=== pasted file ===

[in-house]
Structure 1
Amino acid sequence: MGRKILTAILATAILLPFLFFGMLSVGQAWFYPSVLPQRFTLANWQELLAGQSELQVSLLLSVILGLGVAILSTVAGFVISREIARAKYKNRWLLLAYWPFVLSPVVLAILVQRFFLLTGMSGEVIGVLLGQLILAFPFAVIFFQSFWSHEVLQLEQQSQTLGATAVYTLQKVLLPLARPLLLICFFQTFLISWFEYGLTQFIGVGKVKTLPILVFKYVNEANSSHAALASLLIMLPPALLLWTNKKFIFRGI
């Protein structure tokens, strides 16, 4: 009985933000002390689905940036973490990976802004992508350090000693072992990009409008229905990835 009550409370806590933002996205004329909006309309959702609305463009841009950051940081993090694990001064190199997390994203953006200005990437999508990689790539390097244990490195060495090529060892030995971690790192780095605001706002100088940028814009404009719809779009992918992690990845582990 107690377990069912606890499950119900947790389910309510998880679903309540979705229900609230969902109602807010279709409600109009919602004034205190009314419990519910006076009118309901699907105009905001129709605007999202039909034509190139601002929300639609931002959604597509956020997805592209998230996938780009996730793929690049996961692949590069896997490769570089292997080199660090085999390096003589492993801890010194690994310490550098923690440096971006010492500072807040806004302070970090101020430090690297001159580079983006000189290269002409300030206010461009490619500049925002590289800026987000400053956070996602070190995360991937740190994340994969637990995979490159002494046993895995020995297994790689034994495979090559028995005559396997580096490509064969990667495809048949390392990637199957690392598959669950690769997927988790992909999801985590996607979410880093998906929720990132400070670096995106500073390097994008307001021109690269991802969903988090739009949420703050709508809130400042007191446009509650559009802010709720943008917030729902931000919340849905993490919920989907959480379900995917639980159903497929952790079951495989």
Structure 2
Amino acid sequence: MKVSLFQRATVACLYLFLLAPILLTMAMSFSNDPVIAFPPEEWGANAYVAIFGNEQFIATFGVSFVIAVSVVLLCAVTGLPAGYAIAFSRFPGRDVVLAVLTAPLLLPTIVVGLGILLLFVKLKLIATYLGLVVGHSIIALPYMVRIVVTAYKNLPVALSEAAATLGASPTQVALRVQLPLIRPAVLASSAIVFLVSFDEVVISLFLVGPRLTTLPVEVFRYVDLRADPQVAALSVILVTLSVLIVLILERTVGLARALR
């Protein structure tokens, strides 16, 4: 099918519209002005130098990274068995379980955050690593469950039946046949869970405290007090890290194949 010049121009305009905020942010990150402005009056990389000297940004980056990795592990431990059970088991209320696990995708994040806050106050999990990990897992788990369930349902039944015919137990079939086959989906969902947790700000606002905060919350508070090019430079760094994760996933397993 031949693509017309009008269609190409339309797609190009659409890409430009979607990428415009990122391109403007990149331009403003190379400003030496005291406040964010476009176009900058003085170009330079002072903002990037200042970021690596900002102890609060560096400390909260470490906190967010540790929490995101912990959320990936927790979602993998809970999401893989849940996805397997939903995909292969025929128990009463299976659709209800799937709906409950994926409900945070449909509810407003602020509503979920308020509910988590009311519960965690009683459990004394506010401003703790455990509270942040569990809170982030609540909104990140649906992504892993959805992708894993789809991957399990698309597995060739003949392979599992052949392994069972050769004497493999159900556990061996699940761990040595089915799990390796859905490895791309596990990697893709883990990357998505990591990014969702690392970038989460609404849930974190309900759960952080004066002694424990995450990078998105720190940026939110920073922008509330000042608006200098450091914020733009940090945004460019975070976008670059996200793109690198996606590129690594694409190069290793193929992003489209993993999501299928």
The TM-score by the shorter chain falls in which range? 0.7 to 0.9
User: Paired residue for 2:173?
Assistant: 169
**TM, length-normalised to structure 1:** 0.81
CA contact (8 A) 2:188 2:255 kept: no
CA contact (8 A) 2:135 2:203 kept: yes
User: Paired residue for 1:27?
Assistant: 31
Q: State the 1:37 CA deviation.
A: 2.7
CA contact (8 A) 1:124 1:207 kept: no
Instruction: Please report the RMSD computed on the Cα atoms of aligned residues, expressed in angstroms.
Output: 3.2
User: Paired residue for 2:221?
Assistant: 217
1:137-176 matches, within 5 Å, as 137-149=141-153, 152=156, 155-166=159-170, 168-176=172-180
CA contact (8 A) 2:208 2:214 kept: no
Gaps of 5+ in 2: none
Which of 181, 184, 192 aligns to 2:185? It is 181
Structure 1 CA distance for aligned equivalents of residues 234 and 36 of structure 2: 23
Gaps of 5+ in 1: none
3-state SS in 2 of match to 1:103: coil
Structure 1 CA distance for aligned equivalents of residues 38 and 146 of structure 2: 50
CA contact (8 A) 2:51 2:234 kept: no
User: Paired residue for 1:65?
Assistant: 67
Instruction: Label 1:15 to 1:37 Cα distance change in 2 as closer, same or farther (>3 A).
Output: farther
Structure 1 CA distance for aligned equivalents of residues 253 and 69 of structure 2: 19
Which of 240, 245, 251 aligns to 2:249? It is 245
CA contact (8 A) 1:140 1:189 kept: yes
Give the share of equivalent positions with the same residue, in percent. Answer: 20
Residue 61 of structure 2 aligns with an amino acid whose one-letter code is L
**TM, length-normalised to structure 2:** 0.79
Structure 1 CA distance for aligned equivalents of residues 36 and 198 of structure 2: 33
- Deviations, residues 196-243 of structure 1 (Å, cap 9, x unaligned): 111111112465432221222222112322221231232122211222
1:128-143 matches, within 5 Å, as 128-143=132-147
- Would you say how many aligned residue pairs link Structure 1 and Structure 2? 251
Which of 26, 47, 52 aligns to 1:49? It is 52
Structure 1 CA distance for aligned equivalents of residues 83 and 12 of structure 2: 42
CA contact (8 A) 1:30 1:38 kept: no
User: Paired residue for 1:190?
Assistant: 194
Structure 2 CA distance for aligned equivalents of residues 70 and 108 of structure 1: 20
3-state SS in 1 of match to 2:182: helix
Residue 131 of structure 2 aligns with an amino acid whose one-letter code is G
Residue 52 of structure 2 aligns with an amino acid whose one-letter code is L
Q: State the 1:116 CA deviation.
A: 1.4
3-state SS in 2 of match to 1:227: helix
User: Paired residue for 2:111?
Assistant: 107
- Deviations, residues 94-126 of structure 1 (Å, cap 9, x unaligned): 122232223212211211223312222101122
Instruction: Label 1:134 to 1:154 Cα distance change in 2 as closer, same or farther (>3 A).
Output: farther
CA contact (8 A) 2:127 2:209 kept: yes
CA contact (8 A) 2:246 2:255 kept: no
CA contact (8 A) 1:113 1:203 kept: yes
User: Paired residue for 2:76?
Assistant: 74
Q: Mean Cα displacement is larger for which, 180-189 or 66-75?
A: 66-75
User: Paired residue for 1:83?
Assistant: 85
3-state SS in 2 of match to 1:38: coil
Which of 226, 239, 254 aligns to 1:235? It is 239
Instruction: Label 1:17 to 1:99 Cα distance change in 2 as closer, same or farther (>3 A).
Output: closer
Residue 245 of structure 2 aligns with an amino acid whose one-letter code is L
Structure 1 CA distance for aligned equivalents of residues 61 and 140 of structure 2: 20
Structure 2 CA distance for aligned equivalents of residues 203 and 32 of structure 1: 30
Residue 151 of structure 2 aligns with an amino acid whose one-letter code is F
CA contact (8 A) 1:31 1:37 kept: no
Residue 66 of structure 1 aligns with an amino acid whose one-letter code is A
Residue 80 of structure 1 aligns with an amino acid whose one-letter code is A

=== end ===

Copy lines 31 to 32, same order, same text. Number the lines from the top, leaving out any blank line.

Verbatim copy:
CA contact (8 A) 2:51 2:234 kept: no
User: Paired residue for 1:65?